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"Needed a lot more fun."
2 stars
Rob Gonsalves says... "Only about three percent of you will be with me on this, but the uneven horror anthology 'Nightmare Cinema' made me sad." (more)
"They don't grow up so fast.In order to do that, it opens with a little bit"
4 stars
Jay Seaver says... ""The Third Wife" is the sort of film where the first subtitle doesn't appear for a while and dialogue can be sparse throughout, asking the audience to soak it up as the wispy story plays out. It earns the audience's patience, by and large, and does an impressive job of immersion even as it is built to be seen with a modern eye." (more)
"A fine new look at one of the time's most intriguing people."
3 stars
Jay Seaver says... "Usually you get the documentary first and then the less-impressive narrative version afterward, but that order is reversed for Moe Berg, as "The Spy Behind Home Plate" comes out almost exactly a year after "The Catcher Was a Spy". This documentary is a broader look at the life of their subject than the narrative feature, wholly avoiding and arguably repudiating what served as the other film's central conceit while focusing more on his background. Even together they probably don't tell his whole story, though this one gives you the full sweep." (more)
"Pesky Russian cyber-attacks, making family issues more difficult."
3 stars
Jay Seaver says... "SCREENED AT BOSTON UNDERGROUND FILM FESTIVAL 21: "The Unthinkable" is better than a lot of movies that try to link massive calamity to personal melodrama, mostly because it lets them be separate things despite the significant overlap, but "better" in this context can be kind of a tricky thing: It's never as empty as the other genre movies it shares a basic shape with, but that also makes the moments when it uses the same sort of storytelling devices a little less forgivable. The filmmakers will occasionally do something that makes a viewer say they're supposed to be better than this, though the fact that they are most of the time makes up some." (more)
3 stars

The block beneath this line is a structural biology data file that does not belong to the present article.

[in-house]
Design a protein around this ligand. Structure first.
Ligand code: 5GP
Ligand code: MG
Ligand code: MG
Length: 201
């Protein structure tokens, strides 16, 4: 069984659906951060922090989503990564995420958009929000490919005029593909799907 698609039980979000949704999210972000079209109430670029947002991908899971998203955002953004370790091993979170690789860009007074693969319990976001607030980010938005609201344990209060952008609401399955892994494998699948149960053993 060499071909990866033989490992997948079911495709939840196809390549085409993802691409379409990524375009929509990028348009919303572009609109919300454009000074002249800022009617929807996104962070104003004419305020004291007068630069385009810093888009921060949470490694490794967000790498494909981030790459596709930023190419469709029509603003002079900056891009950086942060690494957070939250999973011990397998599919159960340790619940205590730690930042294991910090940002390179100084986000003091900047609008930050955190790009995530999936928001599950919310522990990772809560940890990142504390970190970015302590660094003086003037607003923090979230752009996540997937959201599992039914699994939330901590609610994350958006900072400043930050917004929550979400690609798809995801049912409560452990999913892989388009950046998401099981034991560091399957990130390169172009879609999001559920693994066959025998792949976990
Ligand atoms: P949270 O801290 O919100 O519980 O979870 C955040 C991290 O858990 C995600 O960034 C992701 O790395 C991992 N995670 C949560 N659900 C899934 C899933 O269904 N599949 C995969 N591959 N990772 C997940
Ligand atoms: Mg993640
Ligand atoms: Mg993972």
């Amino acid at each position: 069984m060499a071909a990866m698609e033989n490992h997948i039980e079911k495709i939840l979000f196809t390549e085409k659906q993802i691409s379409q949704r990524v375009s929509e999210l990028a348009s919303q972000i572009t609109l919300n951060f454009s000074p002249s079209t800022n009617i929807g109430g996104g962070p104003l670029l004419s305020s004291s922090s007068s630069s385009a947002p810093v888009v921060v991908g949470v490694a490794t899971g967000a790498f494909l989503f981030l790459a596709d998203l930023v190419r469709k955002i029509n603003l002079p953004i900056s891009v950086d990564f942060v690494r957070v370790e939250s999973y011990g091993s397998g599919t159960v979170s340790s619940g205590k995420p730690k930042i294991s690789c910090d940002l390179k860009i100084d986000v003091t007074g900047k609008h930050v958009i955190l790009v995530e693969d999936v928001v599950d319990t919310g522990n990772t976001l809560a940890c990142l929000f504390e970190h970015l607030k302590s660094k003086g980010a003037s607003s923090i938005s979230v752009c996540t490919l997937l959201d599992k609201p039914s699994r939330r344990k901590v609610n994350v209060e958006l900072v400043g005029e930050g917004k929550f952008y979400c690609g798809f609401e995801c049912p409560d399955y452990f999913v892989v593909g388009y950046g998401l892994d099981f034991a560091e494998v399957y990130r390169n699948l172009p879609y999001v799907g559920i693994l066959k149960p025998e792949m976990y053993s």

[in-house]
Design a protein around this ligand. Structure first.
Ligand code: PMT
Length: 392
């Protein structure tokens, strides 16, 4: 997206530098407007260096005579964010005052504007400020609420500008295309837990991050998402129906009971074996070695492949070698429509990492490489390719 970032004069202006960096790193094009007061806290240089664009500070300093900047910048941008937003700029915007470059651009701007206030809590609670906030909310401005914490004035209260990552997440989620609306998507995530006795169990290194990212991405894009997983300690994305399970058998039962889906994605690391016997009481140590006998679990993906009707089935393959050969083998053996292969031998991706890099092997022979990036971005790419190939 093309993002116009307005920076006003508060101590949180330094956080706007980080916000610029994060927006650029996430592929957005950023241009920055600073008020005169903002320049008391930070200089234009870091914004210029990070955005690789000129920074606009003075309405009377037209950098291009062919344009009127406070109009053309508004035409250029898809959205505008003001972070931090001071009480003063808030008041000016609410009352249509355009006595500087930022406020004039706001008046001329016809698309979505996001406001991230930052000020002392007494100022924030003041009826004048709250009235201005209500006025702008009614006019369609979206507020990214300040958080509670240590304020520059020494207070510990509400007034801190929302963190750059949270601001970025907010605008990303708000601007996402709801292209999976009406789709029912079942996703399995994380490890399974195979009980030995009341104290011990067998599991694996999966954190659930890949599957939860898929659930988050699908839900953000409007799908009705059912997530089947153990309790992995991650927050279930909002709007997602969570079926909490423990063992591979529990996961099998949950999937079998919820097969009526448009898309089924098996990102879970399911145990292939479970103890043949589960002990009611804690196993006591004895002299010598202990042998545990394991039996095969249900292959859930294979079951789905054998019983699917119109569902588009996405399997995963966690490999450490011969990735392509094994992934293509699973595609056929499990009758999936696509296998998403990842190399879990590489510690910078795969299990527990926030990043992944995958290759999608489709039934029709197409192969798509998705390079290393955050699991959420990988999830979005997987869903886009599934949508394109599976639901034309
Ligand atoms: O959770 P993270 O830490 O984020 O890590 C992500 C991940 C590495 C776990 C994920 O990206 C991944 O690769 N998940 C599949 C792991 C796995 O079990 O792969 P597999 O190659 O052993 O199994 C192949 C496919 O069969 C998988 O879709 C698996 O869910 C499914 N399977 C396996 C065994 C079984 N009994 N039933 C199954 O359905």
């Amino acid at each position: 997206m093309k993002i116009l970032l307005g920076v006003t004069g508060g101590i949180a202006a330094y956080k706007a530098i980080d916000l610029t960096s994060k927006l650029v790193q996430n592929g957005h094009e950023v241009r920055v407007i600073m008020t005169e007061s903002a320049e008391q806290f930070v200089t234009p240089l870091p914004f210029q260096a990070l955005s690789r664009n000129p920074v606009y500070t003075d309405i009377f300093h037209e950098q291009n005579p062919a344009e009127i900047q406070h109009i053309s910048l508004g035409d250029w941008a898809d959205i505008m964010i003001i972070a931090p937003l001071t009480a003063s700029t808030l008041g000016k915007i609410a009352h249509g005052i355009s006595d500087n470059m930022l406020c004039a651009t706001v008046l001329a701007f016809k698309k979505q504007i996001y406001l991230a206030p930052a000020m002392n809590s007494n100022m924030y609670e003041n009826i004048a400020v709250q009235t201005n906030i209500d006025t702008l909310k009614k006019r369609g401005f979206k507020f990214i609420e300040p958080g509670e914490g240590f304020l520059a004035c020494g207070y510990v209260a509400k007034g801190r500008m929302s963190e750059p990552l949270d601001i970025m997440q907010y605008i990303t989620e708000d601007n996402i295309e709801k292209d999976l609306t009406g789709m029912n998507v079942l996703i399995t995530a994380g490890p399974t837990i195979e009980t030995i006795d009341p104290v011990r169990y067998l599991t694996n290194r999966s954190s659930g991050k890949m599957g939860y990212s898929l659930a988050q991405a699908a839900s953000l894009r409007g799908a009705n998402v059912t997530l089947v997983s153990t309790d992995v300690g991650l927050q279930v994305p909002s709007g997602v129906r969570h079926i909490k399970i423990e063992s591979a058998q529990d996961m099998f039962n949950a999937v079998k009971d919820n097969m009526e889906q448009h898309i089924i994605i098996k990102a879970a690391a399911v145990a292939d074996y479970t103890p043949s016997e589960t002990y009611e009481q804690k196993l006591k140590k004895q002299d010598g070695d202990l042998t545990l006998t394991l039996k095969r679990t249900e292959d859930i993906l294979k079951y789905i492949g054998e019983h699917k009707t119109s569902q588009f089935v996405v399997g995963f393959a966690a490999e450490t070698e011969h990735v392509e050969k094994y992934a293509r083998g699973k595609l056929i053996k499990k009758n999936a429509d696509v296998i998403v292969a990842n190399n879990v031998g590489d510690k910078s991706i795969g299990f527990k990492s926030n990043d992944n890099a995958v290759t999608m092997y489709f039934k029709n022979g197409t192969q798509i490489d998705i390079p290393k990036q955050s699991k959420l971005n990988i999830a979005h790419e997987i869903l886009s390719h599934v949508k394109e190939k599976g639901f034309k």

Peter Sobczynski says... "After the release of his undeniably brilliant and occasionally frustrating debut film, the critical and commercial horror hit “Hereditary,” writer-director Ari Aster found himself in the rarefied position of being able to do pretty much anything that he wanted for his followup project. When others in the past have found themselves at this exact career crossroads, the results have oftentimes falling into one of two categories—either they prove to be films as bold, visionary and unique as the ones that brought them attention or they wind up being bloated rehashes of those previous efforts that have been put together with more money but less creativity. In the case of his latest film, “Midsommar,” it appears Aster has clearly elected to go down both paths at the same time. At its best, the film is a brutal, brutally funny and visually spectacular work that truly gets under your skin with horrors that are all the more terrifying because of how recognizable they will prove to be to most viewers. At its worst, is a way-too-long meditation of themes that he already successfully mined the first time around and which wears its obvious influences so blatantly on its sleeve that there are times when it feels more like a remake than an original work." (more)
"Travels in Europe with Spidey and Mysterio"
4 stars
alejandroariera says... "Sam Raimi’s first “Spider-Man” film (2002) resurrected a genre that was left moribund by Joel Schumacher’s mediocre to horrible contributions to the Batman film canon: “Batman Forever” (1995) and “Batman & Robin” (1997). Bryan Singer’s “X-Men” (2000) may have wiped away the bitter taste left by those two dayglo sequels and may have opened Hollywood’s eyes to the box-office potential behind the hundreds of titles and characters produced by the likes of DC and Marvel. But Raimi’s “Spider-Man” was special: it was exhilarating, fun, full of wonder. Tobey Maguire felt right as Peter Parker, Willem Dafoe portrayed a memorable Green Goblin and J.K. Simmons brought the house down as J. Jonah Jameson. In its sheer sense of joy, it evoked Richard Donner’s “Superman”; it made you want to swing across Manhattan’s skyscrapers. It reminded you why you read these books in the first place." (more)
"Jackson's best in many years."
5 stars
Rob Gonsalves says... "Near the end of the immersive World War I documentary 'They Shall Not Grow Old,' director/assembler Peter Jackson gives us perhaps the most breathtaking sound in the whole film: silence." (more)
"Give the director's cut a chance if you run across it."
4 stars
Rob Gonsalves says... "The beleaguered 'London Fields' was filmed so long ago (2013!) that its lead actress, Amber Heard, was still involved with Johnny Depp. This explains why Depp turns up in a few scenes uncredited as Chick Purchase, a scar-faced darts champion." (more)
"One of the essential westerns. Or films, full stop."
5 stars
Rob Gonsalves says... "Watching 'The Wild Bunch,' Sam Peckinpah’s magnum opus, you might imagine it should have killed off all Westerns forevermore. Or movies." (more)
"Keep 'em coming."
5 stars
Rob Gonsalves says... "Jordan Peele has proven himself one of the most fascinating writer-directors working today — not just in the horror genre, but in general. His presence behind the camera now guarantees my interest." (more)

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